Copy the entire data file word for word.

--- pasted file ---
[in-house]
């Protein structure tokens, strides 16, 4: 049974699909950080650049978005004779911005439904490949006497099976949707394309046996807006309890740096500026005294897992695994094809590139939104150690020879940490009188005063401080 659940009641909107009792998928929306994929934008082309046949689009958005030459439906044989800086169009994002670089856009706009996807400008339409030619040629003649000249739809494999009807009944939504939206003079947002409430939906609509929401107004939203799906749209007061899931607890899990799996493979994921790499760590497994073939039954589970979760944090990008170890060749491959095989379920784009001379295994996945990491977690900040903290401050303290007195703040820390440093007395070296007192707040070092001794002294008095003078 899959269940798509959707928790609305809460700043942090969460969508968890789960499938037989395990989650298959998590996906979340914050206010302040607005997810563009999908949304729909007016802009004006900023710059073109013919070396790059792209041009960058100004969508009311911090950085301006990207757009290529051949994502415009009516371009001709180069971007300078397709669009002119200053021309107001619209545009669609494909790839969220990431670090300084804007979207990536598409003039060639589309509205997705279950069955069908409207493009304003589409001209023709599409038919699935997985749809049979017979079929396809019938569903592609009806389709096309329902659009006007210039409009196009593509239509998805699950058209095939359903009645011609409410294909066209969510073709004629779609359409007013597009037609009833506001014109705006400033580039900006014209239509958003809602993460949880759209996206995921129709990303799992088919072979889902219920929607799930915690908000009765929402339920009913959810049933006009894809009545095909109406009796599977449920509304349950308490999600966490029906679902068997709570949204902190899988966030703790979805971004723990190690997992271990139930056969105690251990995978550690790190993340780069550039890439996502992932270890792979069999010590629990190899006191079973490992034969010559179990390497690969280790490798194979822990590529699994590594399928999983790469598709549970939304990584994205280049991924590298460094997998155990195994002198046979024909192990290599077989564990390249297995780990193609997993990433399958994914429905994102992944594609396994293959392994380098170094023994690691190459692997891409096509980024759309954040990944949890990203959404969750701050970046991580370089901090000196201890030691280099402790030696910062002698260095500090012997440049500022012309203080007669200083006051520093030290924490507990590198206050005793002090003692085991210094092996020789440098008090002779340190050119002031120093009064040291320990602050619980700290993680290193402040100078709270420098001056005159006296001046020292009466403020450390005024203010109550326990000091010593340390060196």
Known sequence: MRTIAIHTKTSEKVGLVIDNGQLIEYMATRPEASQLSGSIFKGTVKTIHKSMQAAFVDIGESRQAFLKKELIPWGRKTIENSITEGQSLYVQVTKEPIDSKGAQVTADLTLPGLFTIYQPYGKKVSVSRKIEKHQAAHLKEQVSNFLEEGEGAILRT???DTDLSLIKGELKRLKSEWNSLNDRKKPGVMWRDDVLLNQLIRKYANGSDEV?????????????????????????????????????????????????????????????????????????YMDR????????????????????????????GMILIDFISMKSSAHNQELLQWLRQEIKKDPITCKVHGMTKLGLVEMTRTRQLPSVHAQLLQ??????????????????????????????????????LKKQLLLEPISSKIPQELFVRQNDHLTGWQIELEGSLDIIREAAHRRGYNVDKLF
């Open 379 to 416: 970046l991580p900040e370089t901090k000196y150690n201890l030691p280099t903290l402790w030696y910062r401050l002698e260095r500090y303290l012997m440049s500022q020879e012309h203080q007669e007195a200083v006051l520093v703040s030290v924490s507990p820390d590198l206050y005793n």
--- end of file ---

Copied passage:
[in-house]
């Protein structure tokens, strides 16, 4: 049974699909950080650049978005004779911005439904490949006497099976949707394309046996807006309890740096500026005294897992695994094809590139939104150690020879940490009188005063401080 659940009641909107009792998928929306994929934008082309046949689009958005030459439906044989800086169009994002670089856009706009996807400008339409030619040629003649000249739809494999009807009944939504939206003079947002409430939906609509929401107004939203799906749209007061899931607890899990799996493979994921790499760590497994073939039954589970979760944090990008170890060749491959095989379920784009001379295994996945990491977690900040903290401050303290007195703040820390440093007395070296007192707040070092001794002294008095003078 899959269940798509959707928790609305809460700043942090969460969508968890789960499938037989395990989650298959998590996906979340914050206010302040607005997810563009999908949304729909007016802009004006900023710059073109013919070396790059792209041009960058100004969508009311911090950085301006990207757009290529051949994502415009009516371009001709180069971007300078397709669009002119200053021309107001619209545009669609494909790839969220990431670090300084804007979207990536598409003039060639589309509205997705279950069955069908409207493009304003589409001209023709599409038919699935997985749809049979017979079929396809019938569903592609009806389709096309329902659009006007210039409009196009593509239509998805699950058209095939359903009645011609409410294909066209969510073709004629779609359409007013597009037609009833506001014109705006400033580039900006014209239509958003809602993460949880759209996206995921129709990303799992088919072979889902219920929607799930915690908000009765929402339920009913959810049933006009894809009545095909109406009796599977449920509304349950308490999600966490029906679902068997709570949204902190899988966030703790979805971004723990190690997992271990139930056969105690251990995978550690790190993340780069550039890439996502992932270890792979069999010590629990190899006191079973490992034969010559179990390497690969280790490798194979822990590529699994590594399928999983790469598709549970939304990584994205280049991924590298460094997998155990195994002198046979024909192990290599077989564990390249297995780990193609997993990433399958994914429905994102992944594609396994293959392994380098170094023994690691190459692997891409096509980024759309954040990944949890990203959404969750701050970046991580370089901090000196201890030691280099402790030696910062002698260095500090012997440049500022012309203080007669200083006051520093030290924490507990590198206050005793002090003692085991210094092996020789440098008090002779340190050119002031120093009064040291320990602050619980700290993680290193402040100078709270420098001056005159006296001046020292009466403020450390005024203010109550326990000091010593340390060196």
Known sequence: MRTIAIHTKTSEKVGLVIDNGQLIEYMATRPEASQLSGSIFKGTVKTIHKSMQAAFVDIGESRQAFLKKELIPWGRKTIENSITEGQSLYVQVTKEPIDSKGAQVTADLTLPGLFTIYQPYGKKVSVSRKIEKHQAAHLKEQVSNFLEEGEGAILRT???DTDLSLIKGELKRLKSEWNSLNDRKKPGVMWRDDVLLNQLIRKYANGSDEV?????????????????????????????????????????????????????????????????????????YMDR????????????????????????????GMILIDFISMKSSAHNQELLQWLRQEIKKDPITCKVHGMTKLGLVEMTRTRQLPSVHAQLLQ??????????????????????????????????????LKKQLLLEPISSKIPQELFVRQNDHLTGWQIELEGSLDIIREAAHRRGYNVDKLF
């Open 379 to 416: 970046l991580p900040e370089t901090k000196y150690n201890l030691p280099t903290l402790w030696y910062r401050l002698e260095r500090y303290l012997m440049s500022q020879e012309h203080q007669e007195a200083v006051l520093v703040s030290v924490s507990p820390d590198l206050y005793n």